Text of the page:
Solutions to Reduce Employee Turnover

June 23, 2022
As the industry looks to recruit new members to its workforce, it is imperative that we invest in the professionals who are already trained and contributing to safe ramp conditions.
Josh Smith, editor, Ground Support Worldwide
Josh Smith, editor, Ground Support Worldwide

As airlines continue their ramp-up following the COVID-19 pandemic, the industry has faced the challenge of meeting an increased demand for travel while operating with fewer employees.

Across the commercial aviation landscape, including in the ground handling sector, members of the workforce were furloughed or laid off in order for companies to survive the impacts of global lockdowns. But as flight traffic increases and ground handling jobs have become available, people can be selective about the job or career they choose as many other industries are competing to hire people from the same labor pool.

The ground handling industry must continue to recruit new members to its workforce. But as competition for new members of the workforce intensifies, it may be even more important to retain current employees.

I had the opportunity to speak about labor issues with Nick Careen, IATA’s senior vice president of operations, safety and security, during the 34th IATA Ground Handling Conference. He noted the industry must always be prepared for some workforce turnover but added today’s level of turnover is not sustainable.

To encourage new and veteran employees, alike, to remain engaged, Careen noted apprenticeship programs and career mapping could be valuable tools.

“This industry is known for being able to move within it – probably better than any other industry that exists,” Careen said, who began his own career in the industry as a crew scheduler.

“Being able to illustrate that that’s possible would also be very attractive to bring in more talent.”

A lack of standards from one location to another could also be a detriment to employee retention. However, Careen pointed to the concept of standardized training programs and training passports as a solution. He explained this idea would allow for someone to train in one location and then to take their credentials with them, and have those certifications be recognized in any other location in the world.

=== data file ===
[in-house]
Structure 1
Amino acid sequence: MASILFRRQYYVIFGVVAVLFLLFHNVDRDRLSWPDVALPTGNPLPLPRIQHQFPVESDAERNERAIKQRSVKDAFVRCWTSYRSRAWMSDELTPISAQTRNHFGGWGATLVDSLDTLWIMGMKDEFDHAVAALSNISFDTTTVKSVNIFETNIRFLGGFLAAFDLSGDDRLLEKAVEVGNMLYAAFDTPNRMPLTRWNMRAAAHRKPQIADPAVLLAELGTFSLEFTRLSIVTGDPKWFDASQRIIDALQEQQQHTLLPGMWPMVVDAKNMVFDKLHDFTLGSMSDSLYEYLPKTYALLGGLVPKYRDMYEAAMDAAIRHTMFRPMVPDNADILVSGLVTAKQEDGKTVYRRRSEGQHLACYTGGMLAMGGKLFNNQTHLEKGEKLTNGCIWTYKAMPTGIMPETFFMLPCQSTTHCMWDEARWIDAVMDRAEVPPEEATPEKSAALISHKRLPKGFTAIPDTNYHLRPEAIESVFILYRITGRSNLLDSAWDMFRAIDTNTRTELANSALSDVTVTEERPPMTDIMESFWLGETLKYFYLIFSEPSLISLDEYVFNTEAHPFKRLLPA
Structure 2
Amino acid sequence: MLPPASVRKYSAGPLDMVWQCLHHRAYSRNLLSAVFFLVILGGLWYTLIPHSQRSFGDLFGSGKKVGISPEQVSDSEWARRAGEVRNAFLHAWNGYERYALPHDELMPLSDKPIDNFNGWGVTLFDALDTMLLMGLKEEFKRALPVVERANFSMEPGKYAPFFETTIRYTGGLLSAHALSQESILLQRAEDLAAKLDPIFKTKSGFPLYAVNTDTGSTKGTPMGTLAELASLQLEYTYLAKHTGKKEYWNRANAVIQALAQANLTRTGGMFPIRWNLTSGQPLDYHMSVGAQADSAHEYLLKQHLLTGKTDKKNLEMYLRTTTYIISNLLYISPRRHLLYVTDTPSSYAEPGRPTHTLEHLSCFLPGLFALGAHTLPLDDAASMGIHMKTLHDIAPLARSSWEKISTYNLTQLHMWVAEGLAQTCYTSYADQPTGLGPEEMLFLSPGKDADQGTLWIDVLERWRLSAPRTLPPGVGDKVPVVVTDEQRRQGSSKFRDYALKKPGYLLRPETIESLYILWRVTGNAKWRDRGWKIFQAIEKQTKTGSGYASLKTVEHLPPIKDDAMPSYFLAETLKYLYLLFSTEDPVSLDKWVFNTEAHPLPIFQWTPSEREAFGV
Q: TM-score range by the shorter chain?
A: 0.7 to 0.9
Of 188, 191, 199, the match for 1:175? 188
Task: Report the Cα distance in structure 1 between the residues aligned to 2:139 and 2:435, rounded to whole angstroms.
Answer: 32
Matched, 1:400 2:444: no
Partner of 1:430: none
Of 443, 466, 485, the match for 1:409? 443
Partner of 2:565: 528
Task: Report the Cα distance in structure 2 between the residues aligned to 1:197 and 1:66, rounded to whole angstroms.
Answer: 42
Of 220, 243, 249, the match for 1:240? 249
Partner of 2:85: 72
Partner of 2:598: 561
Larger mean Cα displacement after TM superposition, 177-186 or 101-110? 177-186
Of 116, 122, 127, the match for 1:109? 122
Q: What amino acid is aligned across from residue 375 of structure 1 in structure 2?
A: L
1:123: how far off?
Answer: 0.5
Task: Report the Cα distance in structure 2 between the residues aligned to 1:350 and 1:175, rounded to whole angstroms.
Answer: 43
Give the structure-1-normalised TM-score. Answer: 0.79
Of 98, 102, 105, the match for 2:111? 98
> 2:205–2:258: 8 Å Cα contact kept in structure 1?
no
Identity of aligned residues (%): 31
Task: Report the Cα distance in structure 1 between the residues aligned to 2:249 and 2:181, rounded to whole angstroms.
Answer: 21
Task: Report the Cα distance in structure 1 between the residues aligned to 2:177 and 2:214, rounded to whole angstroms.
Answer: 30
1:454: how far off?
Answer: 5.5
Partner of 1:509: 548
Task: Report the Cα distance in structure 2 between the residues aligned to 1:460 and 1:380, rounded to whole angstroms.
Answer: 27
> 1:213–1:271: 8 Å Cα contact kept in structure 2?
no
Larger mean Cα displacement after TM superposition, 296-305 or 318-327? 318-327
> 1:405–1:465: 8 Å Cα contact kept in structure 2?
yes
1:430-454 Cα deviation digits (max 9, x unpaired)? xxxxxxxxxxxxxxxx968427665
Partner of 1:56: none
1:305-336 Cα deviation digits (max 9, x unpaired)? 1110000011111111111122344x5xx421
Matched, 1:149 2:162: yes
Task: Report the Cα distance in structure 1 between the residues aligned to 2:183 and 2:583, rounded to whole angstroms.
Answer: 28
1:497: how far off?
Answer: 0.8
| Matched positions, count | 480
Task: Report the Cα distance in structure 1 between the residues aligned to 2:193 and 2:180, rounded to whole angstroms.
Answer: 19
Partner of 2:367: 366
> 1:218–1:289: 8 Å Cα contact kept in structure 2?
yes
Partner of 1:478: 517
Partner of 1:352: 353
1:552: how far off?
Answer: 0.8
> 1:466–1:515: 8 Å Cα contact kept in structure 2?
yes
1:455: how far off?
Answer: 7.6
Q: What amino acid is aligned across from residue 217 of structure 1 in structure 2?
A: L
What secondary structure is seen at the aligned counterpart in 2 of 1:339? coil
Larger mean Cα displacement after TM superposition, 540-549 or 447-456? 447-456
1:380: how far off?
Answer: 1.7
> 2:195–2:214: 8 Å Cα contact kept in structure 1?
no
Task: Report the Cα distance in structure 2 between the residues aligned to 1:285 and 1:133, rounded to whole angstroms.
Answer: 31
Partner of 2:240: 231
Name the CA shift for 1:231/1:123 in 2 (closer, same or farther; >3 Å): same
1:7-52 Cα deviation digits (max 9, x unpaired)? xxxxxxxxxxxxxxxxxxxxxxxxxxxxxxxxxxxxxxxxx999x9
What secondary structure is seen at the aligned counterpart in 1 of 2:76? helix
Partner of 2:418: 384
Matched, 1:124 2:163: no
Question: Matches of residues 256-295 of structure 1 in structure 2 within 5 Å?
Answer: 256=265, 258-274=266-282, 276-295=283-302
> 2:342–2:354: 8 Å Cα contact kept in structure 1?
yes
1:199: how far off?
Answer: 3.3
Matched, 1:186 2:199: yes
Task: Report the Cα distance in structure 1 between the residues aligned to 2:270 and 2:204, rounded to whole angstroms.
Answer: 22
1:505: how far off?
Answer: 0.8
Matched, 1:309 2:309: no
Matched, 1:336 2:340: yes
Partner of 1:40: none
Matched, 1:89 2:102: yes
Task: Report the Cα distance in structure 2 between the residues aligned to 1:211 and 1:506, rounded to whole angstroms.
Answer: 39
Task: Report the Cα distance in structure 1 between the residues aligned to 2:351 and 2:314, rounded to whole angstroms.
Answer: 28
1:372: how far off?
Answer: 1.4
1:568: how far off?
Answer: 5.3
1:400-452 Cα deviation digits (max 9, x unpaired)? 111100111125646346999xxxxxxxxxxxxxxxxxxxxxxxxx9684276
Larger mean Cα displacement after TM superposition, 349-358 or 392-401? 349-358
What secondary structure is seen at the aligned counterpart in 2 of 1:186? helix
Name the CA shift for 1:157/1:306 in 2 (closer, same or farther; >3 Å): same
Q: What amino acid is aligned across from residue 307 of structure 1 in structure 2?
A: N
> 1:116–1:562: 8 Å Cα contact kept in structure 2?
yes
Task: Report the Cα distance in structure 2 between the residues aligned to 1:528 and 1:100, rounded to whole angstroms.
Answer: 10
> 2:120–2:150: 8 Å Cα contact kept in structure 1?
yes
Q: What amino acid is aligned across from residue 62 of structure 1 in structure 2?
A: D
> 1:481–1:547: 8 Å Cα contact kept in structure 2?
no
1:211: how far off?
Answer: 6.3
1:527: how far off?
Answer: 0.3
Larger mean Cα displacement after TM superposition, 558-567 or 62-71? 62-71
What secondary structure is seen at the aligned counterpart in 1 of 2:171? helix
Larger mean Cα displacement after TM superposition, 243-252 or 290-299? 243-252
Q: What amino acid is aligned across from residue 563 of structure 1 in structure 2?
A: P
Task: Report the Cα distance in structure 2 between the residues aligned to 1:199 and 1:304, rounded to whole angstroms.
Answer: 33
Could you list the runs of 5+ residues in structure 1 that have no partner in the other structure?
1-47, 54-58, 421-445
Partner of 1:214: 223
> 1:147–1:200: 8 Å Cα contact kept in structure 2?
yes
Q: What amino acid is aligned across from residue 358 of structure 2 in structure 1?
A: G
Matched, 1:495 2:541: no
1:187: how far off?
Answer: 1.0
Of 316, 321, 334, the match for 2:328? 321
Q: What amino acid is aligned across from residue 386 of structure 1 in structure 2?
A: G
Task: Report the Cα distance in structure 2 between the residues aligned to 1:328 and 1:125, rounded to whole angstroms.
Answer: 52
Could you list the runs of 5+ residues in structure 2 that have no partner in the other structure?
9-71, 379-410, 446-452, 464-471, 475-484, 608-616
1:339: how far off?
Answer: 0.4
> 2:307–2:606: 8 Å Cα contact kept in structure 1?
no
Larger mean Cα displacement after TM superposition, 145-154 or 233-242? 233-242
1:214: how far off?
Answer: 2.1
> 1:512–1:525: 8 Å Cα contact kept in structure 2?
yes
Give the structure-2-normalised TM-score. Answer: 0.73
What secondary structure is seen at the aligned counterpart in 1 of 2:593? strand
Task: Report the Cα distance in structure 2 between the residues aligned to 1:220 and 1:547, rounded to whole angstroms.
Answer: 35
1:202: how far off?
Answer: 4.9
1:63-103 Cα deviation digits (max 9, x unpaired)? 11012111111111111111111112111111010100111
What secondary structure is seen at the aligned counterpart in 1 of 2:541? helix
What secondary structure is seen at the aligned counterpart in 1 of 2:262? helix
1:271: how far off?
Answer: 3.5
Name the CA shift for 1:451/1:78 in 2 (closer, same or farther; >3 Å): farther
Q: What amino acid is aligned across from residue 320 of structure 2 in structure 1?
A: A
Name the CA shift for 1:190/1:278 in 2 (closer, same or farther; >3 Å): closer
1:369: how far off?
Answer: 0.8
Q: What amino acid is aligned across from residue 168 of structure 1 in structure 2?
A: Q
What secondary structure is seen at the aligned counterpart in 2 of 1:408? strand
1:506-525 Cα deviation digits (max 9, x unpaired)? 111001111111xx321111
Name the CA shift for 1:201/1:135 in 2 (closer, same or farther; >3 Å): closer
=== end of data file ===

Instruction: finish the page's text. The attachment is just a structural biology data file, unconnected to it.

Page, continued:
“It would be able illustrate the ability of movement of the workforce because there’s quite a bit of movement in this industry in terms of that, especially on the frontline and the ground operations area,” Careen said. “So having those credentials that travel with you, in a standardized training approach, will definitely help in the future in terms of allowing for better retention.”

The technological advances taking place within the ground handling industry may also be crucial to employee retention. As the industry becomes more automated and continues to rely on technology, people with new interests could find their way to ground handling.

“It’s not just about throwing bags,” Careen said, adding the industry needs to demystify the role ground handlers serve and clearly demonstrate the direction the industry is headed in regard to technology.

As ground handling leaders look for ways to standardize the industry and find solutions for employee retention, individual organizations must continue to be innovative and find creative ways to keep employees happy in their roles and interested in staying.

Has your business found success in retaining skilled personnel? What methods have you utilize to improve employee retention? I welcome your input and feedback on the topic. Email me at